One of Grace Bonney’s favorite parts of running the popular Design Sponge blog is discovering creative and inspiring women.
Her second book, “In the Company of Women: Inspiration and Advice From Over 100 Makers, Artists and Entrepreneurs,” published by Artisan Books this week, celebrates this diverse group. The ceramists, crafters, furniture makers, tattoo artists and prop stylists profiled in the book range in age from 19 to 78.
Bonney, 35, grew up in Virginia Beach and went to the College of William & Mary before she moved to New York. She founded Design Sponge in 2004, learning quickly how to connect with readers looking for inspiration in home design, cooking and DIY projects. She realized early on how important it was to support other female entrepreneurs.
In 2009, Bonney published her first book, “Design Sponge at Home.” Her business has continued to grow, and Bonney says Design Sponge reaches nearly 2 million readers per day. She has 818,000 followers on Instagram.
I spoke with Bonney this week just before she took off on her national book tour. Here is an edited excerpt of our conversation.
Is the “maker” movement still growing?
The handmade movement has had a resurgence. For some it is an ethical choice, and that usually comes with a price tag. There are things that are made of organic materials and are fair trade. You can spend thousands of dollars on a handmade item. This is not possible for most millennials. But things sold at craft fairs or flea markets are as admirable to have in your home as high-end craft pieces.
Why did you focus on women in your book?
Women are absolutely as successful as men in a lot of fields but not given equal stance in things like loans, investment capital or media coverage. I wanted to inspire women to follow their dreams and flood the market with women-owned businesses. There needs to be a greater amount of women doing that, and that critical tipping point is about to happen. I really wanted to highlight people doing things at home and show the resurgence of handmade things across the board and in all age groups.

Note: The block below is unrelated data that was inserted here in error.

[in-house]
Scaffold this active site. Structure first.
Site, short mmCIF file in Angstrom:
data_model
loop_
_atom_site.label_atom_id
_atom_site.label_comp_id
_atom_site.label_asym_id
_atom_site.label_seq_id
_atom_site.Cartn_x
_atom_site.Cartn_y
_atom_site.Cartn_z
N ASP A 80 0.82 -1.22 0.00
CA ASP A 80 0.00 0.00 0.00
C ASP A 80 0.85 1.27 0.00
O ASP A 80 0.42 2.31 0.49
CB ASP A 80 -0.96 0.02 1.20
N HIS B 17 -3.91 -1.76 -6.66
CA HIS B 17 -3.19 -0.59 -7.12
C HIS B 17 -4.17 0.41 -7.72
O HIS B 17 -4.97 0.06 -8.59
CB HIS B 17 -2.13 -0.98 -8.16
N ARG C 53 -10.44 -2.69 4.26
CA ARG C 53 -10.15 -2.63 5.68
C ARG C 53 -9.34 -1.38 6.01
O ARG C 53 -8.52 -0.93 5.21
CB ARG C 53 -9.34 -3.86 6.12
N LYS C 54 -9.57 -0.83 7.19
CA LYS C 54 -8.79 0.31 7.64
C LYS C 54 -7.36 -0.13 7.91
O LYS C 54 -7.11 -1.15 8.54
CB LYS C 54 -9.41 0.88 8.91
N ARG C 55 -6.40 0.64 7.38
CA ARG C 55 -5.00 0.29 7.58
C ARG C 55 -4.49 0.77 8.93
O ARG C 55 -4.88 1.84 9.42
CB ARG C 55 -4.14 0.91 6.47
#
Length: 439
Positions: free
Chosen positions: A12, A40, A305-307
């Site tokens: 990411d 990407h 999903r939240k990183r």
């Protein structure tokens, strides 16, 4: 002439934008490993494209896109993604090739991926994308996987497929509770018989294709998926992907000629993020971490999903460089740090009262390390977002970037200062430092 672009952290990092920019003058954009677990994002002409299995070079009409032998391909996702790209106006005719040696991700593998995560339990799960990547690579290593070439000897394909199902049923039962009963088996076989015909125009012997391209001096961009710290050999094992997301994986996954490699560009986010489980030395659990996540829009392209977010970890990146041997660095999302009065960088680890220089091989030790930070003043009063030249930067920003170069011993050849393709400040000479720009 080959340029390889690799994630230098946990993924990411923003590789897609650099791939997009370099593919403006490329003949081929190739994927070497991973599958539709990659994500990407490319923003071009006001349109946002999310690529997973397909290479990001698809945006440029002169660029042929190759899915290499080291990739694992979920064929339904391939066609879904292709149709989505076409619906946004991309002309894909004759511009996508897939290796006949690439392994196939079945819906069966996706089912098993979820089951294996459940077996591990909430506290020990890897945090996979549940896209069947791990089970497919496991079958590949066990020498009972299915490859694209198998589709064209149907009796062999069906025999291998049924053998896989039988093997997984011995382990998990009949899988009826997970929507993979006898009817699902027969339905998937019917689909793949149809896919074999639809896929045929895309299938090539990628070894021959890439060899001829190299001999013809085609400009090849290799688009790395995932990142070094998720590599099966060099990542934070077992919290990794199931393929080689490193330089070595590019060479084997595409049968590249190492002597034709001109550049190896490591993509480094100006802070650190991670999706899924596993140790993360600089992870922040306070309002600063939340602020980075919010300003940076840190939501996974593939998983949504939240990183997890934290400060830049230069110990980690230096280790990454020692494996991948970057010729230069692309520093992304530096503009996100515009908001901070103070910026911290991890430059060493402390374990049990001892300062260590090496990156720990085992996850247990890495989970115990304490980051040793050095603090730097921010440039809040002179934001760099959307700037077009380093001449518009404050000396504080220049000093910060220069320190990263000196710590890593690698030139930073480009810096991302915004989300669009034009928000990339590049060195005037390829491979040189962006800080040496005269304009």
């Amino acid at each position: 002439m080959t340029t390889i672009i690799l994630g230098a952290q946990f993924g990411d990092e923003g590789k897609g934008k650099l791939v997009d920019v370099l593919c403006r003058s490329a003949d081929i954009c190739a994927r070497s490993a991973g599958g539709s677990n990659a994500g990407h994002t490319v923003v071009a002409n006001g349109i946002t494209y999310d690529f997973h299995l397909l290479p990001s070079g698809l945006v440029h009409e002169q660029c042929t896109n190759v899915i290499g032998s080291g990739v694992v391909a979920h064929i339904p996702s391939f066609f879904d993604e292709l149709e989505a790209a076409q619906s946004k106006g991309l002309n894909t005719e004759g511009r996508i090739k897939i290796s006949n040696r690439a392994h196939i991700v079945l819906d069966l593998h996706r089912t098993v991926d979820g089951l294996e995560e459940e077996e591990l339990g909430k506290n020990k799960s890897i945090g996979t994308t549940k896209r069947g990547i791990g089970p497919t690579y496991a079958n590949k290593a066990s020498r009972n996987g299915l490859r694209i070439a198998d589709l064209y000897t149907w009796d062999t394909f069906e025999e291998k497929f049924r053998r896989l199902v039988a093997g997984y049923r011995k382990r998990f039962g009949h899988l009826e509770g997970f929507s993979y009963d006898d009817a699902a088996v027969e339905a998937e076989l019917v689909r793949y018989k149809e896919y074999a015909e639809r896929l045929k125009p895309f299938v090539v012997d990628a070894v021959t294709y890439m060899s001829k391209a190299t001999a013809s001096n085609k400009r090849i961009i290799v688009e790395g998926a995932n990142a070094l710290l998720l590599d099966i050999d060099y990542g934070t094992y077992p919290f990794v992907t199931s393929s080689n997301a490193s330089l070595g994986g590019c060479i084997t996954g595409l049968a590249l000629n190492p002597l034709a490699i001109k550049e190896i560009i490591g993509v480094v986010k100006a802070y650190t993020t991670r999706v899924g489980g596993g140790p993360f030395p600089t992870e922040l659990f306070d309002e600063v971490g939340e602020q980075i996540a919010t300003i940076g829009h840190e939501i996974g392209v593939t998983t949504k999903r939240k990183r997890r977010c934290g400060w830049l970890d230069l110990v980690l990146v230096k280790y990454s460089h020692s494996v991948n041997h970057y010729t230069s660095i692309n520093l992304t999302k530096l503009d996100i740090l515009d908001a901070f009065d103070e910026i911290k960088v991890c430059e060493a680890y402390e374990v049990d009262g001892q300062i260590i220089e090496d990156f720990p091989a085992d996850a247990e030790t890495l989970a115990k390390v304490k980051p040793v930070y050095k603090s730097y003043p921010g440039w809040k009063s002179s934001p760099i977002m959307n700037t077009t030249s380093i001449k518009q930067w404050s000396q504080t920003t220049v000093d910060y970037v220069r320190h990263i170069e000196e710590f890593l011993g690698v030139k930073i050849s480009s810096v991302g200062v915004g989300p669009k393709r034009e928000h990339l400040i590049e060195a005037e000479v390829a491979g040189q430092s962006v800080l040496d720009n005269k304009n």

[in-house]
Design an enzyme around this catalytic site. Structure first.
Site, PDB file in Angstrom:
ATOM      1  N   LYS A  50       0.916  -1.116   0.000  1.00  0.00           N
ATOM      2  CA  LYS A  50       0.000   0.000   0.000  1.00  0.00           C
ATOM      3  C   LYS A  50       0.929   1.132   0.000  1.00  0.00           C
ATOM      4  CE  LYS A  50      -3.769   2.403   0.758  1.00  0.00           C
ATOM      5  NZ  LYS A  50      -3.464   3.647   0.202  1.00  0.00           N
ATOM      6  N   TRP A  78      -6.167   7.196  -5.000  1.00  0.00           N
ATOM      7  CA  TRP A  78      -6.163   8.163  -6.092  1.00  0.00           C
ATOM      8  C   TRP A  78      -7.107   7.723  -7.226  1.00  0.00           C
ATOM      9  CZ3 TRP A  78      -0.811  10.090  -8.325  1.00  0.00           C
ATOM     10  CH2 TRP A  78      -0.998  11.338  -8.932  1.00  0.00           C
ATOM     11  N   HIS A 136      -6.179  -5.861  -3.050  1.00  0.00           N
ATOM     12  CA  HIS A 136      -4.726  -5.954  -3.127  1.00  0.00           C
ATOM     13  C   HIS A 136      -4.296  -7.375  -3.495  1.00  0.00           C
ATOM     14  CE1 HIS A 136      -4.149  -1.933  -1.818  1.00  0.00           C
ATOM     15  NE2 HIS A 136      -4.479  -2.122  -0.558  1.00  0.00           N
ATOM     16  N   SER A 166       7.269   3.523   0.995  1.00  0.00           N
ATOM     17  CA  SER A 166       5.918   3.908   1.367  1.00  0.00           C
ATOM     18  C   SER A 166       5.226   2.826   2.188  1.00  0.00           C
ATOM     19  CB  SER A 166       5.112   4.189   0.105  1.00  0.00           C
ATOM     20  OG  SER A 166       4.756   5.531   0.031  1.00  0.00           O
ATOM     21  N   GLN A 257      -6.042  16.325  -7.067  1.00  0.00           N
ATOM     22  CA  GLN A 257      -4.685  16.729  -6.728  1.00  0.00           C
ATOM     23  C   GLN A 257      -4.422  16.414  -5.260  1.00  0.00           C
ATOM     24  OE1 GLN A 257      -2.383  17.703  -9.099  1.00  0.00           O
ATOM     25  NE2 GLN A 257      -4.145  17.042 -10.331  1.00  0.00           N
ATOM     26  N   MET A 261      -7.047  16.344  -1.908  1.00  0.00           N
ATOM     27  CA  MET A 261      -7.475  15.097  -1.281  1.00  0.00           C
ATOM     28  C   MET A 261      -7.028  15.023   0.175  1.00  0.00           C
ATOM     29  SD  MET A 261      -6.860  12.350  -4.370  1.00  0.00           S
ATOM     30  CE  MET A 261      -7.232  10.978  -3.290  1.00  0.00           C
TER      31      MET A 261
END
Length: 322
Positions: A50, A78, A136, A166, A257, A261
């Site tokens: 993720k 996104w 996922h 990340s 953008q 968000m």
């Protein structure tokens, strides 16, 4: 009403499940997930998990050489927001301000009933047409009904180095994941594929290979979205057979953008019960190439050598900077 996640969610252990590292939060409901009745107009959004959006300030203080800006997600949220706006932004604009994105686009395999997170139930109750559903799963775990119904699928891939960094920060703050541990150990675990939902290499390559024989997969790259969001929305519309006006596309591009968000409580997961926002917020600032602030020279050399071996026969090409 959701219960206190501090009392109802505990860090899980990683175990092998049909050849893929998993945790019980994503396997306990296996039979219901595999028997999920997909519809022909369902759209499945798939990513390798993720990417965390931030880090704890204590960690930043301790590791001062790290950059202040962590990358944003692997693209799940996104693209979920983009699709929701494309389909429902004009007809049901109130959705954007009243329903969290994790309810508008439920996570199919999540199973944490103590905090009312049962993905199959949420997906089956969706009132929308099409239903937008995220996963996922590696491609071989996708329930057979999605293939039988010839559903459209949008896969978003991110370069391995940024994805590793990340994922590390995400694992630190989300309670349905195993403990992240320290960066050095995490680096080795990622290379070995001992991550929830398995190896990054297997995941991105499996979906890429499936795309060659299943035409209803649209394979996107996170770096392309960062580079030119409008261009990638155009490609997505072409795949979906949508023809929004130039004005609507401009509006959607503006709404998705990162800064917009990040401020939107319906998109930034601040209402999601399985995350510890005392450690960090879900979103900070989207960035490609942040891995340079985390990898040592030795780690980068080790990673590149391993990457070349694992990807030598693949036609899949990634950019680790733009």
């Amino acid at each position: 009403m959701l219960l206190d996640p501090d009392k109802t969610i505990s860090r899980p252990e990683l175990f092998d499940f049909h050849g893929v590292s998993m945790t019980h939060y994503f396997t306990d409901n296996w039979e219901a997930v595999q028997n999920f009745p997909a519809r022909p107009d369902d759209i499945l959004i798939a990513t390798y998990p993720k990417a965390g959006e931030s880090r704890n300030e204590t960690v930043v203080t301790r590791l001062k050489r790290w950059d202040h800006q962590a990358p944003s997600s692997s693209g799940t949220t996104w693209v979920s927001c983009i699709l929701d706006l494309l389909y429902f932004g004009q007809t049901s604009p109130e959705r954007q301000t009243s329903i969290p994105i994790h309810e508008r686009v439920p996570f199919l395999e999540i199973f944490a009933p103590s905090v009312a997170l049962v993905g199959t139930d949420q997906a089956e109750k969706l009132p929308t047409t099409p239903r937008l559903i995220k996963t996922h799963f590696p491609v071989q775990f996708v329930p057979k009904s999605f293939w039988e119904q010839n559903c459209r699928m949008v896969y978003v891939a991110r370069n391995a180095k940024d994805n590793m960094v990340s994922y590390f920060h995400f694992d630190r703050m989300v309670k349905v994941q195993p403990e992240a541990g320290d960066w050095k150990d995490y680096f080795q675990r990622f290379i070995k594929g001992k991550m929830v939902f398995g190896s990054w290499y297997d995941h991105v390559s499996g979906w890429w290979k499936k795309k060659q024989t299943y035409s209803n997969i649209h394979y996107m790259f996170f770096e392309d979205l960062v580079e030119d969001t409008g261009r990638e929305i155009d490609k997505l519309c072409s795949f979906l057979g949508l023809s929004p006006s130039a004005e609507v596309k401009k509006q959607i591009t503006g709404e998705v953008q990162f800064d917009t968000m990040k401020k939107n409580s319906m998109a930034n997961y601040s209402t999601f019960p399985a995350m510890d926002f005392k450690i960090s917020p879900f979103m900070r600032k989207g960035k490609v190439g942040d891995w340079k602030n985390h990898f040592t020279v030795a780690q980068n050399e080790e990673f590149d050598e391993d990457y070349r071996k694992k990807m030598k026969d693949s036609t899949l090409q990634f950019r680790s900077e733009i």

How did you find the fascinating group of women you profiled?
They are people I have followed from afar or up close. It made sense also to reach out to people I admire and ask them whom they admire. Women are happy to shine a light on others. I had 200 and edited them down. I wanted a lot of paths highlighted.
How has design blogging changed in 12 years?
The story of Design Sponge is that in the beginning, we were an early adopter. We were blogging when there were only two or three design blogs. We all had very different aesthetics. We grew quickly. Then social media exploded onto the scene. We jumped on that quickly, and early. I had to figure out what these new platforms were and how they feel genuine for us. We have an exciting and vocal community. It’s my job to communicate and share content, whether on Facebook, Instagram, Twitter, Snapchat or Pinterest. I like Instagram because it celebrates people on where they live and their points of view. Instagram has this informal, fun, of-the-moment feeling that you don’t really get with a blog anymore. We plan our content to be more serious, but this is our lighthearted companion.
What’s the future of Design Sponge?
Design Sponge is a hand with multiple fingers in different directions doing different things: social media, video, books. There are areas we get to explore and have fun with. But we will continue to shift our gears toward a deeper and more meaningful conversation with people about home, things like people behind the products we love and buy for our houses, and the deeper issues that get discussed at home. Now that I own a home and have a family [Bonney moved to the Hudson Valley area with her wife and three pets a couple years ago], I am sort of growing up. I have become less interested in talking about things, but the bigger issues and feelings come up when you try and build a home, whether financial or emotional.
Are younger people changing the concept of entertaining?
Millennials are interested in how to do more in a small space. As people’s pay scales go down and the cost of living in metropolitan areas goes up, people are sharing communal spaces. If you live in a small space, it’s often difficult or impractical to entertain. So people are entertaining differently. When people don’t have big kitchens, it’s not an option to cook a five-course dinner. People like potlucks or picnics or going on outdoor adventures that take advantage of open public spaces.
Entertaining is part of Southern hospitality, and I know you grew up in Virginia. Do you consider yourself Southern?
My mother was an incredible entertainer, host and decorator. She taught me all that at an early age. Southerners do have that sense of hospitality, and that is what I try to get across: Everyone is welcome in my home and in my online home. We live in a small town, and my wife and I love having people over. It’s our desire to feed and take care of people and make them feel comfortable. And that has extended to the Internet as well. I’m starting to say I am three-quarters Southern and one-quarter New Yorker, but I will always be a Virginian.
Bonney will be at Dock5 at Union Market on Oct. 25 to talk about her book and lead a conversation with four local female entrepreneurs. For tickets, contact Kramerbooks & Afterwards.